Our visitors and online followers chatted about it on our social media platforms. Our neighbors and friends provided encouragement and helped spread the word. Countless people wore our buttons, carried our signs, and joined the movement in one way or another.

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Natalia Hurley of Monterey Bay Aquarium supports reusable bags.

We want to take a moment to say thanks.

Through our collective work, we were able to make all the difference.

The opponents represented a handful of out-of-state plastic bag manufacturers who poured more than $6 million into defeating California’s historic law. In stark contrast, YES on 67 supporters included an extensive and diverse group of people and organizations that have California’s best interests in mind—and at heart.

We’d like to thank those organizations and individuals with whom the Aquarium worked most closely in the campaign to pass Prop 67. (This is not a comprehensive list.)

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Restoring eelgrass for climate resilience

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State Senator Bill Monning, left, recipient of the 2016 California Ocean Champion Award, speaks at the Ocean Day reception hosted by Monterey Bay Aquarium.

California is forging the path forward on climate leadership. This year, state leaders have made significant progress on policies to reduce our emissions of heat-trapping gases and mitigate the impact of changes already in motion.

Today’s post comes from California Senator Bill Monning, the State Senate Majority Leader. Sen. Monning is the author of SB 1363, an important piece of climate legislation which the Monterey Bay Aquarium supported, and which Gov. Jerry Brown signed into law this year. In today’s guest post, Sen. Monning shares his thoughts on how restoring California’s eelgrass habitat can improve the resilience of our coast in the face of climate change.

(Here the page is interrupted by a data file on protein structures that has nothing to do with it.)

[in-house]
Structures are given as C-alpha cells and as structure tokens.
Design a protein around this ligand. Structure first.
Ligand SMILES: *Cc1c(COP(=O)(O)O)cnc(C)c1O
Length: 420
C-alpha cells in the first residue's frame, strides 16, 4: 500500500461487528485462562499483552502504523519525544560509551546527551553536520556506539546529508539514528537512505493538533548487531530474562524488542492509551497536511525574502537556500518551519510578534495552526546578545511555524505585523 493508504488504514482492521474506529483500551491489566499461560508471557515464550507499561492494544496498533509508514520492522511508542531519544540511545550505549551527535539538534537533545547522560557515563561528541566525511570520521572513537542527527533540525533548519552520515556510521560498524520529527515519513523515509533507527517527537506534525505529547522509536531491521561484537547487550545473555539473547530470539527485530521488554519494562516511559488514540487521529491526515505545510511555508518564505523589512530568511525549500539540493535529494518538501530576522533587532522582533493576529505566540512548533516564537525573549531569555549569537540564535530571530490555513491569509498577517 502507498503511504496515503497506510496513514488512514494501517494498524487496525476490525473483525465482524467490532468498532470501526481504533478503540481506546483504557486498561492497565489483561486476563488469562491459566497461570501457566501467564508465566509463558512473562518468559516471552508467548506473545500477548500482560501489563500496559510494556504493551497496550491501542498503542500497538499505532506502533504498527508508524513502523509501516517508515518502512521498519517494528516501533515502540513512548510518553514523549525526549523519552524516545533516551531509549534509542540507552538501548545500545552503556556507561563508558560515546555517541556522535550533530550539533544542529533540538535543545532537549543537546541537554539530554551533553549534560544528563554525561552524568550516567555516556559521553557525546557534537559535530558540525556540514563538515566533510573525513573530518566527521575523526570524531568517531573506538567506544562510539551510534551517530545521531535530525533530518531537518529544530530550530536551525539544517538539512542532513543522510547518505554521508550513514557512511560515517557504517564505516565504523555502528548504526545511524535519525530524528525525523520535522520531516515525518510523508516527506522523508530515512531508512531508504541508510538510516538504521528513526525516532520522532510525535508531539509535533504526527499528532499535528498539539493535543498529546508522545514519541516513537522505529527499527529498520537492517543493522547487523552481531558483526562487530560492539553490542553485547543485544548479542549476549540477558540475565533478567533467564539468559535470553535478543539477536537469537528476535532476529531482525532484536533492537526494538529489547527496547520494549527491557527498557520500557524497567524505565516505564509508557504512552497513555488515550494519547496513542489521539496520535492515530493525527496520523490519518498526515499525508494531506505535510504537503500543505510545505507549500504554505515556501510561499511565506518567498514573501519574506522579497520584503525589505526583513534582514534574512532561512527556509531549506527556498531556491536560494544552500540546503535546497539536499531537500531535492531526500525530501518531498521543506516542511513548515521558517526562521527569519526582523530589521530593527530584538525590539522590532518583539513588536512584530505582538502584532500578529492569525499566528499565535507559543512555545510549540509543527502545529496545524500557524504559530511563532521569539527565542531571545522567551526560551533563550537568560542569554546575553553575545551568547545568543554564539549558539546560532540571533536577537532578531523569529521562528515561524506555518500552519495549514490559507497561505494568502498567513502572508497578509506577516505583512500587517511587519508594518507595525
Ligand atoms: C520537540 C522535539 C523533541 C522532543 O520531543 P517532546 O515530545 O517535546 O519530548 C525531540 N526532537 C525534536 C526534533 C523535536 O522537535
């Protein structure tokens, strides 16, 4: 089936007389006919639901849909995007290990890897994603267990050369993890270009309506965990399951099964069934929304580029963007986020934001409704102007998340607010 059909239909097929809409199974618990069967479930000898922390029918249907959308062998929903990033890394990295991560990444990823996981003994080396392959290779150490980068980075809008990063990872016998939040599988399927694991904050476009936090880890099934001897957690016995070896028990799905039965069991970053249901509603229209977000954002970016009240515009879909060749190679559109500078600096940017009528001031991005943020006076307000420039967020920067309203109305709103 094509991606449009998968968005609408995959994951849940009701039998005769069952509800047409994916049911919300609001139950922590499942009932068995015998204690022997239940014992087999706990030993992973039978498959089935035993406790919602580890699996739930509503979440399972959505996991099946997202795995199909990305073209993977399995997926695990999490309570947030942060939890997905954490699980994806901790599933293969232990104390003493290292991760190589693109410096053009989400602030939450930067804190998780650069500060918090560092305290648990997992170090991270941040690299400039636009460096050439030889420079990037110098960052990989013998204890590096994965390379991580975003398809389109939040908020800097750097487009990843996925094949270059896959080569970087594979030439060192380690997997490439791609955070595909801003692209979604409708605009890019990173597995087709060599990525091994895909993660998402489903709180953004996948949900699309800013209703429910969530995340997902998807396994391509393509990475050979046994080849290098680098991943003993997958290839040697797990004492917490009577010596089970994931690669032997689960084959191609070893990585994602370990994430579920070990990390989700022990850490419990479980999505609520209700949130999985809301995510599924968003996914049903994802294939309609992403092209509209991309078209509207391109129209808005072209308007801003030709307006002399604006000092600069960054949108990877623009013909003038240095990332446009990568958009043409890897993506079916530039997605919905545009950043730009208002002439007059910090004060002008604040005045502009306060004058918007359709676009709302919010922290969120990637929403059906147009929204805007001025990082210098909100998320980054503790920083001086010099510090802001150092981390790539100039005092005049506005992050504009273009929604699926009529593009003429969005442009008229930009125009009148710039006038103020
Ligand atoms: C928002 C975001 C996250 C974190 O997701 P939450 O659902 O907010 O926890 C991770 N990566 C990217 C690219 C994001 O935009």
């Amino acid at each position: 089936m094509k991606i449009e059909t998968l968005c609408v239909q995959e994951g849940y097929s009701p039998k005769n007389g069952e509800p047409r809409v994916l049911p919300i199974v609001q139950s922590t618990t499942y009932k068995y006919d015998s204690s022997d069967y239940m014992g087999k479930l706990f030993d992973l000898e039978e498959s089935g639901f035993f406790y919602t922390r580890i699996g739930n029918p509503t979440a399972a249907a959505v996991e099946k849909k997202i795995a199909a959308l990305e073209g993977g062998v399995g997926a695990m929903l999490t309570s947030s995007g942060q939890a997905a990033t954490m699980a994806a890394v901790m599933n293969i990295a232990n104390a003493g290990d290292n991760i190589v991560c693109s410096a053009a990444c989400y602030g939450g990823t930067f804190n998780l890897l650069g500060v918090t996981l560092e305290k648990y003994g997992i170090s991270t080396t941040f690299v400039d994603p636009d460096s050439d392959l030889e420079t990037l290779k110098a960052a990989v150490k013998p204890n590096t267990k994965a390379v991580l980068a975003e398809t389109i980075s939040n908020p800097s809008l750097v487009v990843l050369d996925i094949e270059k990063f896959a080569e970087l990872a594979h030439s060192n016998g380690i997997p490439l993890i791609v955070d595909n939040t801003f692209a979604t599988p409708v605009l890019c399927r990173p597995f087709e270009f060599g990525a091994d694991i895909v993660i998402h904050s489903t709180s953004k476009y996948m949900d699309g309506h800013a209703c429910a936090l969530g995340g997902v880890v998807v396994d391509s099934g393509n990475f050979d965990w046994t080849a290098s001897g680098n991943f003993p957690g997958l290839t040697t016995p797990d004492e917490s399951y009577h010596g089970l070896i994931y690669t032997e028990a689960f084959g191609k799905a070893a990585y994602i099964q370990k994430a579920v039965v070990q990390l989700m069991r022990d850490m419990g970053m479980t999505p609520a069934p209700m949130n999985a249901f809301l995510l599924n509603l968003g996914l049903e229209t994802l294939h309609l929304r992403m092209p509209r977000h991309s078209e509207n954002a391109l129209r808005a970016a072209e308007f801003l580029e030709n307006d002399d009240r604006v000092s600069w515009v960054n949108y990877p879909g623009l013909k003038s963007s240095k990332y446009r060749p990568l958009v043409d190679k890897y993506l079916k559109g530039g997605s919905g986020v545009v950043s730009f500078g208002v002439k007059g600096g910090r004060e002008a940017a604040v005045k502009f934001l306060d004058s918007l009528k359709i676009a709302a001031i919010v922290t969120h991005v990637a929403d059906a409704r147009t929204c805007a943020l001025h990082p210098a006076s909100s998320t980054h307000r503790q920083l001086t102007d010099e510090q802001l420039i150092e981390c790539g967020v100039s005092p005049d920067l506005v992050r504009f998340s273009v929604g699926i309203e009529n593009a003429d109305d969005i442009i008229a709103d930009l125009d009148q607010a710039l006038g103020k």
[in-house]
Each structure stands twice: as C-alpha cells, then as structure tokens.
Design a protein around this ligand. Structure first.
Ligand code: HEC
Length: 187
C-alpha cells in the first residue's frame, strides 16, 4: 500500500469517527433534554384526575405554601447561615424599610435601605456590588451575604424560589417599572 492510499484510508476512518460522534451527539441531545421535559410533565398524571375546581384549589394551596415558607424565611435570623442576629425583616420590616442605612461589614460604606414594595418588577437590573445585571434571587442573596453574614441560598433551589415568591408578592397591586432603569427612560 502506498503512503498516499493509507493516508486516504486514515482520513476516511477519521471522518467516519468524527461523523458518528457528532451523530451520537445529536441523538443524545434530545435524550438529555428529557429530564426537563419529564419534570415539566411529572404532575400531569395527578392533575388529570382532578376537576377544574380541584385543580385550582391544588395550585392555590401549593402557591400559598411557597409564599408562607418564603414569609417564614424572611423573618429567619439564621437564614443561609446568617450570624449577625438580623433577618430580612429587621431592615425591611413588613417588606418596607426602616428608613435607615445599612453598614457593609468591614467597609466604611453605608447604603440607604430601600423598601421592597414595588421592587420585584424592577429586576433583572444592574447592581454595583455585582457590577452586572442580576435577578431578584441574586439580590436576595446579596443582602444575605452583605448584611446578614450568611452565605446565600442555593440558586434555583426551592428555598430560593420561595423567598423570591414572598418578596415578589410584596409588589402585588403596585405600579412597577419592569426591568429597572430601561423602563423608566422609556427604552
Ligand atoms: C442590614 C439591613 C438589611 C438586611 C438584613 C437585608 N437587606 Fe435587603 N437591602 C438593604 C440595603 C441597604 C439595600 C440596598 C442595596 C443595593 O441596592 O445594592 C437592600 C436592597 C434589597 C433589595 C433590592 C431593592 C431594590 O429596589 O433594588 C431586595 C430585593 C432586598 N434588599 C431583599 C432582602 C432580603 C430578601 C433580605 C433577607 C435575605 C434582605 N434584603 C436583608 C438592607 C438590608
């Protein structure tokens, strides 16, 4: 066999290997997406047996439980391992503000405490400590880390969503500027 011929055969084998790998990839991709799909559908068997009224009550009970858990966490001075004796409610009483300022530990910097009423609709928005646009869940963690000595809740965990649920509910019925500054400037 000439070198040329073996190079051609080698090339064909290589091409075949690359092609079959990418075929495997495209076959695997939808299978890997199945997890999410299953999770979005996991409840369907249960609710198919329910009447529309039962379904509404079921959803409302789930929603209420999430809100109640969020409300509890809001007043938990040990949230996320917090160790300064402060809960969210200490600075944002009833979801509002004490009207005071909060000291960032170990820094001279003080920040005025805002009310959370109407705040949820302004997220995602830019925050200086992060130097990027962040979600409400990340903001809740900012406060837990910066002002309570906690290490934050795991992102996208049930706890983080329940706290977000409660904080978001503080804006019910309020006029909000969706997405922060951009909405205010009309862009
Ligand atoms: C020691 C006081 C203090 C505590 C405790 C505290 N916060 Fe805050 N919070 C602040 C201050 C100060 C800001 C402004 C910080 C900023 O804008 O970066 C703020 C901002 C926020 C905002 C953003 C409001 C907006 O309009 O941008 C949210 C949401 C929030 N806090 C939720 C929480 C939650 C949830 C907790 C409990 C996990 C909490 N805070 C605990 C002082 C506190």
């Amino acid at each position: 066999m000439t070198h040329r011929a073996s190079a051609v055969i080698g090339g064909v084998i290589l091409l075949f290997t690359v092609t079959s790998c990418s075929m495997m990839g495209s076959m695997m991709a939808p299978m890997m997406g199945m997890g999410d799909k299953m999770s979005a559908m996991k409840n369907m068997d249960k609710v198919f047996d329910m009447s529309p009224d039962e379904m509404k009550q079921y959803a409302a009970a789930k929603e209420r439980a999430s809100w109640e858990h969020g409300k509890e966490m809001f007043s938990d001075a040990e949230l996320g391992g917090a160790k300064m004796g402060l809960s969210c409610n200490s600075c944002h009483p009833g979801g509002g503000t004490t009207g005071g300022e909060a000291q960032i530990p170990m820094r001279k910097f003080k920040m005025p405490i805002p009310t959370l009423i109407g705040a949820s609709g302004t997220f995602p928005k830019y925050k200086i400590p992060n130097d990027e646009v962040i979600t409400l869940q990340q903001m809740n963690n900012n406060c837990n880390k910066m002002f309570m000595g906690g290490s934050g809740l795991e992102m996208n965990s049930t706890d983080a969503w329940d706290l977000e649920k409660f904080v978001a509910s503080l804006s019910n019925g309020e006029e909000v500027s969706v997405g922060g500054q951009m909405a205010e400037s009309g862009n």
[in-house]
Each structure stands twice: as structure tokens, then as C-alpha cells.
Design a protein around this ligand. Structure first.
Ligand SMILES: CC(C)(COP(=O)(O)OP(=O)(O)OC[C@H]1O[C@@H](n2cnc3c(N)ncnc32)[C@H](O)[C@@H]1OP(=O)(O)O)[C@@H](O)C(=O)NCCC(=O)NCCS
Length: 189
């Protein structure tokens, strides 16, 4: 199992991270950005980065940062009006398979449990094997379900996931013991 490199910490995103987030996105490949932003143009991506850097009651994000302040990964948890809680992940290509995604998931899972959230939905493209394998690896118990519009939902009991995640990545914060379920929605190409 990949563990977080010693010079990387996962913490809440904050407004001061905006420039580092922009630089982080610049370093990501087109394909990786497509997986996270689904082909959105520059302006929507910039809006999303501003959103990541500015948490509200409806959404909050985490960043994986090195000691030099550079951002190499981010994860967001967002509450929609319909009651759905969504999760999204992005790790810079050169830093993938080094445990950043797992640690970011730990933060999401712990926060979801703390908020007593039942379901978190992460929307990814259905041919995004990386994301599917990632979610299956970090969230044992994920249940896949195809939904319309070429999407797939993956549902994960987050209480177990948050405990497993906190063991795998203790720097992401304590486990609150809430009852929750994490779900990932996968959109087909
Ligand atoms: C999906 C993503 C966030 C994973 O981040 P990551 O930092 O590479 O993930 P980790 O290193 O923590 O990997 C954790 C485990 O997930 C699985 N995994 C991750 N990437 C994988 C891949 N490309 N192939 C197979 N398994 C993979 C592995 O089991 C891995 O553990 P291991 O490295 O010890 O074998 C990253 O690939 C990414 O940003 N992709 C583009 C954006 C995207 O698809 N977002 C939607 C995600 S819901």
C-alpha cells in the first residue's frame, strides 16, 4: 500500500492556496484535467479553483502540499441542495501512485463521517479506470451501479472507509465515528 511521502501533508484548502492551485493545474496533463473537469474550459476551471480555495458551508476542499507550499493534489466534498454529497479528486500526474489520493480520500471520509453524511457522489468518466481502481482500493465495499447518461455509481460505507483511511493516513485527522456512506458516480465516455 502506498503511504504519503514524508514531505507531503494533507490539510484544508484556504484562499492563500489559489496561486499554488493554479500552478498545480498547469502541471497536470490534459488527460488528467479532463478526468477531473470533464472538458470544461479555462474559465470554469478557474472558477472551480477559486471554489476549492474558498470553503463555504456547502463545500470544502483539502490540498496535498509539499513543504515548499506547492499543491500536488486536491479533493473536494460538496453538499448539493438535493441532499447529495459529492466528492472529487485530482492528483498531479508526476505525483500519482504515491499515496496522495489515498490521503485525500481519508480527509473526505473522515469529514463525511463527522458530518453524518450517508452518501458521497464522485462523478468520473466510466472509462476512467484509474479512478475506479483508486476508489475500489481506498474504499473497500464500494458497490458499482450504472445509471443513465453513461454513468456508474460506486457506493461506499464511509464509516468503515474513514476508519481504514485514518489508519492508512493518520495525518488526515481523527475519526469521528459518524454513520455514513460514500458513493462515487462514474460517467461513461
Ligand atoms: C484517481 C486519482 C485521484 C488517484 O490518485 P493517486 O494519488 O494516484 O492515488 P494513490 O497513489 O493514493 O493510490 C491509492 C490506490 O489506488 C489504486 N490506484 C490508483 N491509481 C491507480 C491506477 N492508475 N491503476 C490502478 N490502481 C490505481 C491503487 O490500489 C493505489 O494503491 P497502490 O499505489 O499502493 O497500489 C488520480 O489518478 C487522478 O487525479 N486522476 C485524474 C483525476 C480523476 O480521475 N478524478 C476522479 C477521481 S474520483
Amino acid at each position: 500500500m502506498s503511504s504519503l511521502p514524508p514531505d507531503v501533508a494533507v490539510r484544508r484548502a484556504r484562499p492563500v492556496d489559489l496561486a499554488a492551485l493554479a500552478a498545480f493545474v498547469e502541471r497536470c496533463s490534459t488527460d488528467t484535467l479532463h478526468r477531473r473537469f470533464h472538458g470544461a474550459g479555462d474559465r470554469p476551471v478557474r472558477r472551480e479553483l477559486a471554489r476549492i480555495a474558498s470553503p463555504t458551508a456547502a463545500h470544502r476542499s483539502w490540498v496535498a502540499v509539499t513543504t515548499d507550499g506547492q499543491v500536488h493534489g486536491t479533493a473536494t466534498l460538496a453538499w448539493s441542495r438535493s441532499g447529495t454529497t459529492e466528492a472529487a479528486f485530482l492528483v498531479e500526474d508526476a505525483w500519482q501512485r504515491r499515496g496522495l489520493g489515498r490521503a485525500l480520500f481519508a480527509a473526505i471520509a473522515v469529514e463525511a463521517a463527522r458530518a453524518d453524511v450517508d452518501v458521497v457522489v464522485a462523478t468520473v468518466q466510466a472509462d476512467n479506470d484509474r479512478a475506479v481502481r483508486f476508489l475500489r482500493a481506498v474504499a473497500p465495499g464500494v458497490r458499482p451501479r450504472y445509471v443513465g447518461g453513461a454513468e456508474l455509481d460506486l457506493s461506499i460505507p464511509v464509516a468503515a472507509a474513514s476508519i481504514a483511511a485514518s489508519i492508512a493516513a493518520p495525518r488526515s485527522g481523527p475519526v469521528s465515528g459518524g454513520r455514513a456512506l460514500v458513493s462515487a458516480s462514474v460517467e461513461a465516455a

This past August, the California Legislature adjourned the 2015-2-16 Legislative Session, and once again we passed several bills that tackle the dire issue of climate change.

We extended the state’s greenhouse gas reduction targets through 2030, committed state resources to clean up abandoned fishing and crabbing gear that entangles whales off the California coast, and passed Senate Bill (SB) 1363, which I authored, to restore eelgrass habitat and mitigate the impact of carbon dioxide on our atmosphere and ocean.

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Tiny animals called pteropods are among the marine creatures at risk in an acidifying ocean.

SB 1363 requires the Ocean Protection Council (OPC), in coordination with the State Coastal Conservancy, to establish and administer the Ocean Acidification and Hypoxia Reduction Program. This measure was introduced in response to the April 2016 report by the West Coast Ocean Acidification and Hypoxia Science Panel and the Ocean Science Trust, in collaboration with the OPC.

The panel’s science-based report tells us that ocean acidification is a global issue, and that California’s coast will experience some of the most severe and earliest changes in ocean carbon chemistry. However, the report also tells us that we can take steps to support ocean and coastal resilience in the face of these changes. One recommendation to help reverse the impacts of ocean acidification is the reestablishment of seagrasses, including eelgrass, along California’s coast.